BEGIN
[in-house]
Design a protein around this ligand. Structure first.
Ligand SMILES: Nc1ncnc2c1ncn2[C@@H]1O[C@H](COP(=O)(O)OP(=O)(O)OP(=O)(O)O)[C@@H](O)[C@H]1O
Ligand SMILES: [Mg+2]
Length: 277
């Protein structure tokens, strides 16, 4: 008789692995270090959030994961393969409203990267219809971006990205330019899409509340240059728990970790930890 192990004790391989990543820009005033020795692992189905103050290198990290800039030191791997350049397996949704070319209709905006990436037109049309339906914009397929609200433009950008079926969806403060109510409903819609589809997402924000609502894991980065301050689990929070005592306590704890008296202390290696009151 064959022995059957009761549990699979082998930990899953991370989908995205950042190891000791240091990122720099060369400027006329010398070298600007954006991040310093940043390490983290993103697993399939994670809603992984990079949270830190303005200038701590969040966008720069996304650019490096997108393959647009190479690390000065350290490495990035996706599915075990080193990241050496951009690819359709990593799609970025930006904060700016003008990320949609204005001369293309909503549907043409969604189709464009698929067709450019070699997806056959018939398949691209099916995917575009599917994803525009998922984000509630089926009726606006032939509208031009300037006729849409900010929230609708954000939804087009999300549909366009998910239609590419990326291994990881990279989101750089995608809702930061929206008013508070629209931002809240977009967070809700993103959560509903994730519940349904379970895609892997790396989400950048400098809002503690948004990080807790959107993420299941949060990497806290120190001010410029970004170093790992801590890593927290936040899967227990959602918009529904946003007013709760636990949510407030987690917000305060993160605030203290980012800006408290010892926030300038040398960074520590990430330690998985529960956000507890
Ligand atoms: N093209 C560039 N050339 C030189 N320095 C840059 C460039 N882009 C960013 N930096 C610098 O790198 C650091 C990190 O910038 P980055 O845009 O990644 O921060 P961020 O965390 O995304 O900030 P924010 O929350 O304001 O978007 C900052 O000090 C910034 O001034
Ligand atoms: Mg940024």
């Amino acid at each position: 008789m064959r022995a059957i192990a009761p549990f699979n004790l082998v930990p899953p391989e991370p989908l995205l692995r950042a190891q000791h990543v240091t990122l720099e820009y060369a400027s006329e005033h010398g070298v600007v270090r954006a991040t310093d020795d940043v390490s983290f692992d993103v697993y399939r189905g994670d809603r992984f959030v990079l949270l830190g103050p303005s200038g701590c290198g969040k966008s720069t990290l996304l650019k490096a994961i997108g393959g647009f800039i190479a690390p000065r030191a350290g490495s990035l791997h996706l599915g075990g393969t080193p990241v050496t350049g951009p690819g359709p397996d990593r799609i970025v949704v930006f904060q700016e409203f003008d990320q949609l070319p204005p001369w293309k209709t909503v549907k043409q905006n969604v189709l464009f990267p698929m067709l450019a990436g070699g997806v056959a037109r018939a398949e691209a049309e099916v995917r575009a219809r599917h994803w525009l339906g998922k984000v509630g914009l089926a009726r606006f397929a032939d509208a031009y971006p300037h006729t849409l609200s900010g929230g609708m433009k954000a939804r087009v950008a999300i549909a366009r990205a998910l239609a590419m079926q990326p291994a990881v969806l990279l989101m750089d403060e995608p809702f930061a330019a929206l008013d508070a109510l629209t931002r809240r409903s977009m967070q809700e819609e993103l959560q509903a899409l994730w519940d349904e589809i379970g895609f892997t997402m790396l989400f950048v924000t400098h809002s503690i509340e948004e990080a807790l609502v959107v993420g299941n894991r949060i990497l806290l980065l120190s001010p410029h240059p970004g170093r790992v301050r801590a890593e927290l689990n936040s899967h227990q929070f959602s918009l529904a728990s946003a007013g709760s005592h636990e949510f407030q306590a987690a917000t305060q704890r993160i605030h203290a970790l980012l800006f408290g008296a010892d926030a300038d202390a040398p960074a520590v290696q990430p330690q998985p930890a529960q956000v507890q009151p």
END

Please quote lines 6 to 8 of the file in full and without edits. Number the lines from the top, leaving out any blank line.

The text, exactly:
């Protein structure tokens, strides 16, 4: 008789692995270090959030994961393969409203990267219809971006990205330019899409509340240059728990970790930890 192990004790391989990543820009005033020795692992189905103050290198990290800039030191791997350049397996949704070319209709905006990436037109049309339906914009397929609200433009950008079926969806403060109510409903819609589809997402924000609502894991980065301050689990929070005592306590704890008296202390290696009151 064959022995059957009761549990699979082998930990899953991370989908995205950042190891000791240091990122720099060369400027006329010398070298600007954006991040310093940043390490983290993103697993399939994670809603992984990079949270830190303005200038701590969040966008720069996304650019490096997108393959647009190479690390000065350290490495990035996706599915075990080193990241050496951009690819359709990593799609970025930006904060700016003008990320949609204005001369293309909503549907043409969604189709464009698929067709450019070699997806056959018939398949691209099916995917575009599917994803525009998922984000509630089926009726606006032939509208031009300037006729849409900010929230609708954000939804087009999300549909366009998910239609590419990326291994990881990279989101750089995608809702930061929206008013508070629209931002809240977009967070809700993103959560509903994730519940349904379970895609892997790396989400950048400098809002503690948004990080807790959107993420299941949060990497806290120190001010410029970004170093790992801590890593927290936040899967227990959602918009529904946003007013709760636990949510407030987690917000305060993160605030203290980012800006408290010892926030300038040398960074520590990430330690998985529960956000507890
Ligand atoms: N093209 C560039 N050339 C030189 N320095 C840059 C460039 N882009 C960013 N930096 C610098 O790198 C650091 C990190 O910038 P980055 O845009 O990644 O921060 P961020 O965390 O995304 O900030 P924010 O929350 O304001 O978007 C900052 O000090 C910034 O001034
Ligand atoms: Mg940024």